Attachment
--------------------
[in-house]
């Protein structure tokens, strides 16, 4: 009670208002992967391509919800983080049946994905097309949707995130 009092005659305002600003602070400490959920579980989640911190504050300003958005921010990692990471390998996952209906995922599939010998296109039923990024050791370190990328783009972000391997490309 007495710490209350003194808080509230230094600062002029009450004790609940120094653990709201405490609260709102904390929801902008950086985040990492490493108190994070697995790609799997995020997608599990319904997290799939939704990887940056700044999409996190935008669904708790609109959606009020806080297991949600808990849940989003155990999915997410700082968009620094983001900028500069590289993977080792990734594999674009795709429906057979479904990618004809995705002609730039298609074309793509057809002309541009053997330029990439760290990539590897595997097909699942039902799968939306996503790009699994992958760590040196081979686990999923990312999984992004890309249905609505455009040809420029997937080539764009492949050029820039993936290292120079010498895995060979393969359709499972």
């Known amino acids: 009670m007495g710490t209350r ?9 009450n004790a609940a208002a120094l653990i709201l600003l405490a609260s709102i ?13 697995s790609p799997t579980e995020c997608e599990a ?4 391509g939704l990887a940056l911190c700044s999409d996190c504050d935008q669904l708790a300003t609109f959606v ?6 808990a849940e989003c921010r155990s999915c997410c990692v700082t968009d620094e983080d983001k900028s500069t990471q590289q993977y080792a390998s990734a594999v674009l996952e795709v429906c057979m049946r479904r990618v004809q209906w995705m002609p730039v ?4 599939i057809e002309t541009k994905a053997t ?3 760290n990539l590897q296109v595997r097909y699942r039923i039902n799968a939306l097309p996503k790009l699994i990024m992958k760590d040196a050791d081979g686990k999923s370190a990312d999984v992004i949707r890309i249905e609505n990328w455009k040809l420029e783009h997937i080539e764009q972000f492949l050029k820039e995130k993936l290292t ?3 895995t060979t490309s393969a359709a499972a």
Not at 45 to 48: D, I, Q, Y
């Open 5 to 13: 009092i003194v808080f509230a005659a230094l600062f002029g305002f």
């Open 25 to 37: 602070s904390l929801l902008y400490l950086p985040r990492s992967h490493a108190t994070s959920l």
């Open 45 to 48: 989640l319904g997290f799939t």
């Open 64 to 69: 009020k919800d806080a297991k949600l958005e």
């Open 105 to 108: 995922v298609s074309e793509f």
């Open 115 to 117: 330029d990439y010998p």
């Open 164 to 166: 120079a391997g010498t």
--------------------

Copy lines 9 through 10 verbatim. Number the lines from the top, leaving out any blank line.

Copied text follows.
């Open 105 to 108: 995922v298609s074309e793509f």
């Open 115 to 117: 330029d990439y010998p």